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Josh Sawyer Explains: How to Balance an RPG
Editorial - posted by Infinitron on Fri 22 August 2014, 21:00:40Tags: J.E. Sawyer; Obsidian Entertainment; Pillars of Eternity
In these days when his professional aptitude as a system designer is under attack from certain quarters, Josh Sawyer has made the interesting choice of publishing an extensive guest editorial over at Kotaku. The topic? How To Balance An RPG. It's actually a highly technical treatise, which should be of interest to all of you prospective RPG developers out there. I'll quote a fun snippet from the introduction:
It is now 2014 and, friends, I am here to tell you that trash options are bullshit.
In a computer RPG, any trash option that goes from designer's brain to the shipped product has probably gone through a few dozen cycles of implementation, testing, and revision. In the end, the trash option is the proverbial polished turd. Any seasoned RPG veteran that looks at it in detail realizes it's terrible and avoids it. Those who don't look closely or who aren't system masters may wind up picking it for their character under the mistaken impression that it's a viable choice. In any case, it's a bad option that the team spent a bunch of time implementing either for misguided schadenfreude or simple lack of attention.
While big RPGs always let a few of these trash options slip through unintentionally, the best way to avoid the problem on a large scale is simply to ask why well-informed players, acting with eyes wide open, would want to pick any given option over a different option in the first place. There should be a good conceptual/aesthetic reason as well as a good mechanical reason. If one of those falls short, keep hammering away until you feel you've justified their existence. Sometimes, it's not possible. In those cases, at least you've had the good fortune to realize you're stuck with trash early in development — whether it doesn't fit aesthetically or doesn't work mechanically — and can justly dump it before more effort goes into it.
As an example from Pillars of Eternity, we have maces and padded armor, two things that generally get short shrift in a lot of RPGs. In most RPGs, maces are slow and do poor damage with few elements in the "+" column. In Pillars of Eternity, they don't do any less damage than other one-handed weapons and they have the advantage of negating a portion of the armor on the target. Swords can do a variety of damage types, spears are inherently accurate, and battle axes do high Crit damage, but maces are a viable mechanical choice among their peers.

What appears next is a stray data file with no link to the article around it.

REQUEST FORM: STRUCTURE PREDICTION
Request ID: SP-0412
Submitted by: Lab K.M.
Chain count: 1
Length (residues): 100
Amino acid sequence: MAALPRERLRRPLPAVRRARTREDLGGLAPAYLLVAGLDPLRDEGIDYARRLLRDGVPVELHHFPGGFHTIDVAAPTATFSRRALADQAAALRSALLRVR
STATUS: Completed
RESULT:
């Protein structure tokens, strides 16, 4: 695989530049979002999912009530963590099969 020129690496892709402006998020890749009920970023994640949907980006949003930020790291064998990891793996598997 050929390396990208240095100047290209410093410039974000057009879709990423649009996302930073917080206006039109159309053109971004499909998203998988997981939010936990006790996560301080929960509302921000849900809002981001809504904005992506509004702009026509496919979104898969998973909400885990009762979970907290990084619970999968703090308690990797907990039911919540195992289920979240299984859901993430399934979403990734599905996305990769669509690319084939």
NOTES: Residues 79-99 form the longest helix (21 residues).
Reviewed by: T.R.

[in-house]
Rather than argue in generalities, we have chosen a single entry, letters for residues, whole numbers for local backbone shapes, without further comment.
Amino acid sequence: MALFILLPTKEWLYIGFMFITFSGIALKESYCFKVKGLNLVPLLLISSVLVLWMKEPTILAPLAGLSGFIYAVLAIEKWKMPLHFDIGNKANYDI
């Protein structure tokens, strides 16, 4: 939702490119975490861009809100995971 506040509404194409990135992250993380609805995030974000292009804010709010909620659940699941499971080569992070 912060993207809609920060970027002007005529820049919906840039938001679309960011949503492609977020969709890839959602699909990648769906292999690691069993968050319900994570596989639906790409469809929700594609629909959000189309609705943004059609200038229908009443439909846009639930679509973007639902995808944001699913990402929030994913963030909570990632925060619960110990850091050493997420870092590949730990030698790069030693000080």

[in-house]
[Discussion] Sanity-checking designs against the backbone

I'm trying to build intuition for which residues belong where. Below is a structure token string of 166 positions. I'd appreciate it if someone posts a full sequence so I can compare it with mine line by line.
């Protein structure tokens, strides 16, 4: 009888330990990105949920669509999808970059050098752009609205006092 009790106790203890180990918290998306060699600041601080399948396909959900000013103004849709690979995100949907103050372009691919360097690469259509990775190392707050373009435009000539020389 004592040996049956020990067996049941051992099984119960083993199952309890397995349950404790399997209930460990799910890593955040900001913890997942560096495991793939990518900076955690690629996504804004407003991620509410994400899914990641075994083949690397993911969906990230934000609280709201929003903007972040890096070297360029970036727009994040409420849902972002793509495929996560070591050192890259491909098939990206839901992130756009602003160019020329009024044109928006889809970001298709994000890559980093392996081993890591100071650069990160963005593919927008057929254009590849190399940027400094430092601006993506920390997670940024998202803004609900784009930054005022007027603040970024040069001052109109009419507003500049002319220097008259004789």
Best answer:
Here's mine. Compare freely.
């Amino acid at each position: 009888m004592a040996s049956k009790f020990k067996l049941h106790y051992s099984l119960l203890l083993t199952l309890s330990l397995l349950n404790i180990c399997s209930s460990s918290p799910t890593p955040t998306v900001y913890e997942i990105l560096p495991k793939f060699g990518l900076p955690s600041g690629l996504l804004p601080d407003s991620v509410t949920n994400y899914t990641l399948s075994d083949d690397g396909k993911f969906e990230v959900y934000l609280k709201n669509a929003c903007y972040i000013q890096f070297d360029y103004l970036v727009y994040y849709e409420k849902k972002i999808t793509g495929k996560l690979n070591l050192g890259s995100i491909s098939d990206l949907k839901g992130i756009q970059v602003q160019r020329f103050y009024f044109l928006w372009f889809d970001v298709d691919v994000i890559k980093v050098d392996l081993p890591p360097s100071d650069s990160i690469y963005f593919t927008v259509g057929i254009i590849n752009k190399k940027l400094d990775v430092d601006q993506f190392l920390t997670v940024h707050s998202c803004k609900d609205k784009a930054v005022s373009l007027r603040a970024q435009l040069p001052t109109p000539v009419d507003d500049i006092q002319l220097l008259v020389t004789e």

Padded armor suffers even worse in most RPGs: in many games, there are literally no worse options than padded. The suits are often aesthetically ugly and mechanically awful—the quintessence of a pure RPG trash option—and if players are forced to wear padded armor at the game's opening, they'll gladly ditch it as soon as anything else becomes available. In Pillars of Eternity, padded armor actually offers reasonably good protection. It can easily be argued that our padded armor is more protective than is realistic, but the first goal is not verisimilitude, but justifying the player's interest.
And, while heavier armor absorbs more damage, the heavier a suit of armor is in Pillars of Eternity, the longer it takes a character to recover from making an attack or casting a spell. A character in mail armor can absorb more damage than a character in padded, but the character in padded armor will perform more actions over a given period of time.
This fundamental tradeoff is both easy to grasp ("take less damage vs. do things faster") and has universal implications for all characters. All characters perform actions, and performing actions more quickly is always better. All characters also need to be protected from damage. A tradeoff like damage reduction vs. movement speed would have dramatically different implications for a melee-oriented barbarian than a long-range wizard.
We also intentionally avoided the classic RPG armor tradeoff of damage avoidance (i.e. dodging) vs. straight damage reduction. While it's easy to grasp conceptually, it's mechanically uninteresting and unengaging unless you get into spreadsheet-level minutiae of how the damage reduction curves play out over time. Spreadsheet gaming can be enjoyable on its own, but there should be a more obvious tradeoff that the player can directly observe in-game for the choice to feel meaningful.